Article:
John Jonas, the founder of Onlinejobs.ph, met with Quadra founders, John and Brian, for a podcast interview to talk about how outsourcing can ease the burden of running any business.

In 2006 Jonas hired his first Filipino worker and it was then that he started to grasp the power of outsourcing work. Jonas says outsourcing took him from business owner to CEO.

“You don’t become a CEO until you start paying someone full time.”

-John Jonas

It started with one full-time Filipino employee but from there Jonas built up a small team of all Filipino employees. After working with them for a few years, the vision for his future changed. Jonas set out to build a website to more easily connect small business owners to Filipino workers. Today Jonas, working hand in hand with his Filipino team, has succeeded in creating the largest Filipino outsourcing website in the world.

What Can Outsourcing Do for You?

There are only two things people talk about in terms of spending:

Money and Time

For Jonas his time meant more to him than the money he was making working his 9 to 5 job. Jonas decided to quit his programming job to start his first business. His goal was to decrease the time he was spending at work and increase the time he spent with his family. As you can imagine, it didn’t work. “I quit working my full-time job to live the dream of working 24/7.” After months of working around the clock, Jonas realized something had to change. Outsourcing was his solution.

Today Jonas works an average of 17 hours a week–effectively realizing his goal of spending as little time at work as possible.

For Jonas, the first step to achieving his goal was hiring a full-time employee. In the beginning, it took even more time to train the employee to do the job he wanted to be done. However, after his employee was fully trained, Jonas found he’d saved himself hours of work in the long term. His process continued with one Filipino employee after another until Jonas achieved the lifestyle goals he’d set up for himself.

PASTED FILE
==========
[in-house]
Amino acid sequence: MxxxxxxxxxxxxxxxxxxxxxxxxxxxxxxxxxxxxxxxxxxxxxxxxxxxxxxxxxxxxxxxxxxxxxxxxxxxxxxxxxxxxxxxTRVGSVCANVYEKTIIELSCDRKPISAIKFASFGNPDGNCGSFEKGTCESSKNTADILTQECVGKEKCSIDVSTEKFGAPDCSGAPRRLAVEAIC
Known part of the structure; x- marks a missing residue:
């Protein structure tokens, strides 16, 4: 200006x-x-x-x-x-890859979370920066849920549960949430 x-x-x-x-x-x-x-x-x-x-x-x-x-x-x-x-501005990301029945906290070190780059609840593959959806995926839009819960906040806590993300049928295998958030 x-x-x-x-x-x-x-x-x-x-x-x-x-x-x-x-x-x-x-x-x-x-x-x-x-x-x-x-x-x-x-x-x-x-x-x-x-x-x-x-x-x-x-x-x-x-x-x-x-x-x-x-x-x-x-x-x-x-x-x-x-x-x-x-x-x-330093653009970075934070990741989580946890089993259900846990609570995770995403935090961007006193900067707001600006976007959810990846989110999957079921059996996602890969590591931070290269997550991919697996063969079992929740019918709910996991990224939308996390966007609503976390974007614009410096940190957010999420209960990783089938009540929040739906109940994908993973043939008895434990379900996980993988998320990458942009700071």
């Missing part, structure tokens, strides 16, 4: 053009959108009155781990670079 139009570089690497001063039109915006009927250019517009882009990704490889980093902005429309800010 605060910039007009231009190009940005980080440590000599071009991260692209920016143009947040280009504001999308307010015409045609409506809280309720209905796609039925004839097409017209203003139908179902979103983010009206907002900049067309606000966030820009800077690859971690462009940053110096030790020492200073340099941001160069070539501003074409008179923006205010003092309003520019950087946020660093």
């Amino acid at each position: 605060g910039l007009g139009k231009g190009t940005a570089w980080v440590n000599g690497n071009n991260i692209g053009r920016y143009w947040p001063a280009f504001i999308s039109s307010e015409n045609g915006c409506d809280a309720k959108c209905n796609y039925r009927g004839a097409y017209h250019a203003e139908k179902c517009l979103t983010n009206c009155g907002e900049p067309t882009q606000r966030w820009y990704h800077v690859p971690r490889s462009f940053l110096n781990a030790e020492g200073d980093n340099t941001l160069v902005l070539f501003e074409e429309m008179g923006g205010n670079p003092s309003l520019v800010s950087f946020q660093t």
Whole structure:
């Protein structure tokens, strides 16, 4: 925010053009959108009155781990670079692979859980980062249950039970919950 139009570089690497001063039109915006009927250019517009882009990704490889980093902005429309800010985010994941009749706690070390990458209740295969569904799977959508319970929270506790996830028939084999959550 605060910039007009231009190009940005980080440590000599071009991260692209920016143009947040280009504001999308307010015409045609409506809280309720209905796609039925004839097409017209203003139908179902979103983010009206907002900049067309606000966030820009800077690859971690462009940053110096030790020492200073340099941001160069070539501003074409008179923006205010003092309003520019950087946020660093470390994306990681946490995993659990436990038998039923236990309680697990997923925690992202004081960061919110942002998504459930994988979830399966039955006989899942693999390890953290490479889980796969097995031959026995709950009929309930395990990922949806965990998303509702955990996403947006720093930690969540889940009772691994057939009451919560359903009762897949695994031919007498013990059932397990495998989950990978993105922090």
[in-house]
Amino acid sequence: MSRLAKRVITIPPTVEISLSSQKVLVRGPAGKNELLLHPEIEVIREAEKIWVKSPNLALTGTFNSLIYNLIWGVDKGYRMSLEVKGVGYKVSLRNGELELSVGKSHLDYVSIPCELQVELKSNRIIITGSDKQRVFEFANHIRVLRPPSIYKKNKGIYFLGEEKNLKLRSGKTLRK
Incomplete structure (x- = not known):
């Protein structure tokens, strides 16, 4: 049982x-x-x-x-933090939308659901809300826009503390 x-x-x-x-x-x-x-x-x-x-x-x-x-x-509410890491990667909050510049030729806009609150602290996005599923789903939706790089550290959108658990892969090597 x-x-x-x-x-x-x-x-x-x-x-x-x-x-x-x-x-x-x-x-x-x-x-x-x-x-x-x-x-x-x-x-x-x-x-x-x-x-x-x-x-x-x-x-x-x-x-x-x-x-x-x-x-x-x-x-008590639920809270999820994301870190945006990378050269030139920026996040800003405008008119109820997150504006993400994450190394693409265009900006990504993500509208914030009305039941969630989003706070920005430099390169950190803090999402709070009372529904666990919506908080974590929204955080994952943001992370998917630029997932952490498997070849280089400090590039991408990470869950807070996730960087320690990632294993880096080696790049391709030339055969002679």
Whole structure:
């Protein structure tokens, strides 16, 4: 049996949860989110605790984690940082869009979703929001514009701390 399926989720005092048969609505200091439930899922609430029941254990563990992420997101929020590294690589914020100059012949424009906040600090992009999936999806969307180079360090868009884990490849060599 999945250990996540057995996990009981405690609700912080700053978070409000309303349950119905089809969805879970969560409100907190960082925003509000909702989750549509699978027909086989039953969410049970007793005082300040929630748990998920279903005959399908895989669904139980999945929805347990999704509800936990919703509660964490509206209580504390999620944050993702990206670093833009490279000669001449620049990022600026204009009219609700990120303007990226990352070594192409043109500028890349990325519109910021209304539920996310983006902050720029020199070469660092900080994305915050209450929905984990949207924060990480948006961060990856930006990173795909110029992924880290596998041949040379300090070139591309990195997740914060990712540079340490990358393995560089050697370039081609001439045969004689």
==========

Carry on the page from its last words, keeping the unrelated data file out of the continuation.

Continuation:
How Not To Approach Outsourcing

1. Outsourcing Tasks You Cannot Do Yourself

Jonas says one of the worst pieces of advice he’s ever received is to “stick with what you’re good at and outsource the rest.” The reason behind this is that you can’t manage something you don’t understand.

Jonas’ alternative advice is to only outsource what you feel confident teaching to someone else. He often gets pushback on this idea. It’s what you’re good at, so shouldn’t you keep doing it? Jonas’ response is, “it’s cool to get things done your way, but it’s better to get things done.” His point is if you are going to scale your business you simply cannot do everything yourself. To shift from small business owner, Jonas says, you need to start delegating tasks. This will allow you to shift from the doer to the overseer.

2. Approaching the Hiring Process With Your Own Worries

When business owners are first starting to Outsource work, there are some natural concerns and fears that accompany the decision. To name a few:

  • How do I know if I can trust my employee? They could steal my ideas.
  • What if they don’t follow my instructions?
  • What happens if this employee turns into a waste of time?

 Jonas had all of these concerns himself. He even found that all of his concerns were realized through his experiences with workers from other countries. When Jonas heard about Outsourcing from the Philippeans, he was on his last straw.

Jonas approached the Philippines with little hope of success but what he found was a culture of people who wanted to work and work for him. People who didn’t want to start their own businesses, who wanted to learn and grow. People who valued stability and would do anything to maintain a long-term position.

During his years of experience working with Filipino workers, Jonas has changed his approach to hiring overseas workers from the Philippines. It is no longer about his concerns and fears but about theirs. “…they have the same feeling as you do, but their feeling is stronger than yours.” Here are the same questions from above listed from the other perspective: